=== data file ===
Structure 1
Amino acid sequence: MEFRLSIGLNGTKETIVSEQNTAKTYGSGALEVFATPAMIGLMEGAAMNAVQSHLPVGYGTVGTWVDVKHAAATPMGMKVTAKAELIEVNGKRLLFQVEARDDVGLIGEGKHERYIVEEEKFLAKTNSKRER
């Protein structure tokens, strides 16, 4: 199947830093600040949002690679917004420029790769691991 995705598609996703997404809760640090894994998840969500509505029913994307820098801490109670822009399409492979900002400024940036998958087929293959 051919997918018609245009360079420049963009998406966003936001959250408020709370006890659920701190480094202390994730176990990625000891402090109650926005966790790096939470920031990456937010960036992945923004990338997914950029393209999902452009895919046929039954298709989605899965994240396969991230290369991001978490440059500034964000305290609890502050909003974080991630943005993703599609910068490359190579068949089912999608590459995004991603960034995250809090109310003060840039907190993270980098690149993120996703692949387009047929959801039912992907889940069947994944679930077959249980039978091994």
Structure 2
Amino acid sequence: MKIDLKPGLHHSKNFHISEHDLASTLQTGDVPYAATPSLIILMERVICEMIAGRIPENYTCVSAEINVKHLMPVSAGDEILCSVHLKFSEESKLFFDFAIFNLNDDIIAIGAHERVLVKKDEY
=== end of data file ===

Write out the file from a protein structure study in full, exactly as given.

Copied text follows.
Structure 1
Amino acid sequence: MEFRLSIGLNGTKETIVSEQNTAKTYGSGALEVFATPAMIGLMEGAAMNAVQSHLPVGYGTVGTWVDVKHAAATPMGMKVTAKAELIEVNGKRLLFQVEARDDVGLIGEGKHERYIVEEEKFLAKTNSKRER
């Protein structure tokens, strides 16, 4: 199947830093600040949002690679917004420029790769691991 995705598609996703997404809760640090894994998840969500509505029913994307820098801490109670822009399409492979900002400024940036998958087929293959 051919997918018609245009360079420049963009998406966003936001959250408020709370006890659920701190480094202390994730176990990625000891402090109650926005966790790096939470920031990456937010960036992945923004990338997914950029393209999902452009895919046929039954298709989605899965994240396969991230290369991001978490440059500034964000305290609890502050909003974080991630943005993703599609910068490359190579068949089912999608590459995004991603960034995250809090109310003060840039907190993270980098690149993120996703692949387009047929959801039912992907889940069947994944679930077959249980039978091994």
Structure 2
Amino acid sequence: MKIDLKPGLHHSKNFHISEHDLASTLQTGDVPYAATPSLIILMERVICEMIAGRIPENYTCVSAEINVKHLMPVSAGDEILCSVHLKFSEESKLFFDFAIFNLNDDIIAIGAHERVLVKKDEY